Imaginary Polarization as a Way to Surmount the Sign Problem in Ab Initio Calculations of Spin-Imbalanced Fermi Gases

Jens Braun, Jiunn-Wei Chen, Jian Deng, Joaquín E. Drut, Bengt Friman, Chen-Te Ma, and Yu-Dai Tsai
Phys. Rev. Lett. 110, 130404 – Published 26 March 2013

Abstract

From ultracold atoms to quantum chromodynamics, reliable ab initio studies of strongly interacting fermions require numerical methods, typically in some form of quantum Monte Carlo calculation. Unfortunately, (non)relativistic systems at finite density (spin polarization) generally have a sign problem, such that those ab initio calculations are impractical. It is well-known, however, that in the relativistic case imaginary chemical potentials solve this problem, assuming the data can be analytically continued to the real axis. Is this feasible for nonrelativistic systems? Are the interesting features of the phase diagram accessible in this manner? By introducing complex chemical potentials, for real total particle number and imaginary polarization, the sign problem is avoided in the nonrelativistic case. To give a first answer to the above questions, we perform a mean-field study of the finite-temperature phase diagram of spin-1/2 fermions with imaginary polarization.

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  • Received 1 October 2012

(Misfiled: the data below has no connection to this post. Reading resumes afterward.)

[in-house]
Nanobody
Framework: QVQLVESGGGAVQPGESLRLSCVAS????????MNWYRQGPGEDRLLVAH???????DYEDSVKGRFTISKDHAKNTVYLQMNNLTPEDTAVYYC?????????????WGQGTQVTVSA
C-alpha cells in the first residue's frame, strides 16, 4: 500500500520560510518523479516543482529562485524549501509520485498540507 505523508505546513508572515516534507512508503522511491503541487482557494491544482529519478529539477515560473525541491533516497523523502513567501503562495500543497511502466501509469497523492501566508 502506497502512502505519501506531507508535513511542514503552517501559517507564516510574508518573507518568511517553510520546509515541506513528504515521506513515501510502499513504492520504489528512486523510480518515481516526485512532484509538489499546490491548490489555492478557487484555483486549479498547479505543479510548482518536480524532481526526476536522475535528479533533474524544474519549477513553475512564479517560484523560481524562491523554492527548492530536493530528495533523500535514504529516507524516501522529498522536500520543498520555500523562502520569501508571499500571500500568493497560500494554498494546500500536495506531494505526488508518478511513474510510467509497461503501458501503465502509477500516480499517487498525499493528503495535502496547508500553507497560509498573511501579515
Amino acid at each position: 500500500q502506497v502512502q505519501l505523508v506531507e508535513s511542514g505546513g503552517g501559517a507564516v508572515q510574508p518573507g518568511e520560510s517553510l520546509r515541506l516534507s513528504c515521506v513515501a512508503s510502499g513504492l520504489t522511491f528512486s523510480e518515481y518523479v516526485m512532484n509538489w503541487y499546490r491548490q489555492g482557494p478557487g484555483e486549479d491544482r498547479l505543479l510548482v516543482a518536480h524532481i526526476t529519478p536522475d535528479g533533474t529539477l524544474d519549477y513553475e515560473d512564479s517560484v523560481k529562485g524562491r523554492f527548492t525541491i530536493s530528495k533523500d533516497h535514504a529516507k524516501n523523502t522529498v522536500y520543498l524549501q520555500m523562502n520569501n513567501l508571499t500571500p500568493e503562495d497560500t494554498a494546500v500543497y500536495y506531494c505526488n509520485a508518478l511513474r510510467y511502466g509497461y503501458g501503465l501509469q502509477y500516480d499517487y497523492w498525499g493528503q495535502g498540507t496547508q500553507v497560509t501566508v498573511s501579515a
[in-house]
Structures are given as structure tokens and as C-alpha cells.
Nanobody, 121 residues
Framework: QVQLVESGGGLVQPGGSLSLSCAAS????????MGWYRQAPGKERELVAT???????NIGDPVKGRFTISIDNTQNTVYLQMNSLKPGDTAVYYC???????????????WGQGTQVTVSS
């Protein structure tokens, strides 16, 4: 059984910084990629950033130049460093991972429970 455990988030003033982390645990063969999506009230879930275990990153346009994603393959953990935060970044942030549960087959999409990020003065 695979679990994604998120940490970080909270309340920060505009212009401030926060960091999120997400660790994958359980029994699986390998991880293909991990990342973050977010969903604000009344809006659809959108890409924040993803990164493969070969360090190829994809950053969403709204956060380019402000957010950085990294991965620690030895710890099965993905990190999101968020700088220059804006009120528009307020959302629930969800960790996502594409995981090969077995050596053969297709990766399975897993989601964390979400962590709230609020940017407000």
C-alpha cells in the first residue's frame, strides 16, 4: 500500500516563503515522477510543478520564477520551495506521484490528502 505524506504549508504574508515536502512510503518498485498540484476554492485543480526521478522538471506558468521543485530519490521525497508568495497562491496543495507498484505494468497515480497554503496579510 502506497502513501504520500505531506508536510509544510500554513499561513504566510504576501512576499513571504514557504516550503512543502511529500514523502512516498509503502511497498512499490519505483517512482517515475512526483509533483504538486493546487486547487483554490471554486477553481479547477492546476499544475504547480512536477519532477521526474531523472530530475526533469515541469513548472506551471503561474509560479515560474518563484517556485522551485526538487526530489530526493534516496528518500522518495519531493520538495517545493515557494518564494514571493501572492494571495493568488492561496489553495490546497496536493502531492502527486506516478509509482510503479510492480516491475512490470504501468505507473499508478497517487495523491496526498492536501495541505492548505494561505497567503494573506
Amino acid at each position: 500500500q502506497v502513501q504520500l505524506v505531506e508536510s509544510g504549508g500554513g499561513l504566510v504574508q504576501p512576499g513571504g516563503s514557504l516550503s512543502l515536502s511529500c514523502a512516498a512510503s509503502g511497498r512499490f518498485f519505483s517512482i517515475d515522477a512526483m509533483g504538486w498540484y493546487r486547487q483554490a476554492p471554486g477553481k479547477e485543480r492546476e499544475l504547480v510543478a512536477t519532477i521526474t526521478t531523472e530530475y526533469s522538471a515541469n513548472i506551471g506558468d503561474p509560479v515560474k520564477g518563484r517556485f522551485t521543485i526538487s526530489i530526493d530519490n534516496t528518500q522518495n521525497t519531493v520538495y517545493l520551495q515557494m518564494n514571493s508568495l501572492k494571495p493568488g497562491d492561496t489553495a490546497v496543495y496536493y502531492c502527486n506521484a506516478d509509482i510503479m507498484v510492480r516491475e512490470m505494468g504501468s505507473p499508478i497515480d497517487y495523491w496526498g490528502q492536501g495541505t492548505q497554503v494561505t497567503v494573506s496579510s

DOI:https://doi.org/10.1103/PhysRevLett.110.130404

© 2013 American Physical Society

Authors & Affiliations

Jens Braun1, Jiunn-Wei Chen2, Jian Deng3, Joaquín E. Drut4, Bengt Friman5, Chen-Te Ma2, and Yu-Dai Tsai6,7

  • 1Institut für Kernphysik (Theoriezentrum), Technische Universität Darmstadt, D-64289 Darmstadt, Germany
  • 2Department of Physics, National Center for Theoretical Sciences and Leung Center for Cosmology and Particle Astrophysics, National Taiwan University, Taipei 10617, Taiwan
  • 3School of Physics, Shandong University, Shandong 250100, People’s Republic of China
  • 4Department of Physics and Astronomy, University of North Carolina, Chapel Hill, North Carolina 27599, USA
  • 5GSI Helmholtzzentrum für Schwerionenforschung, D-64291 Darmstadt, Germany
  • 6Department of Physics, Tsing-Hua University, Hsinchu, Taiwan 300, Republic of China
  • 7Department of Physics, University of California, Berkeley, California 94720, USA

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Vol. 110, Iss. 13 — 29 March 2013

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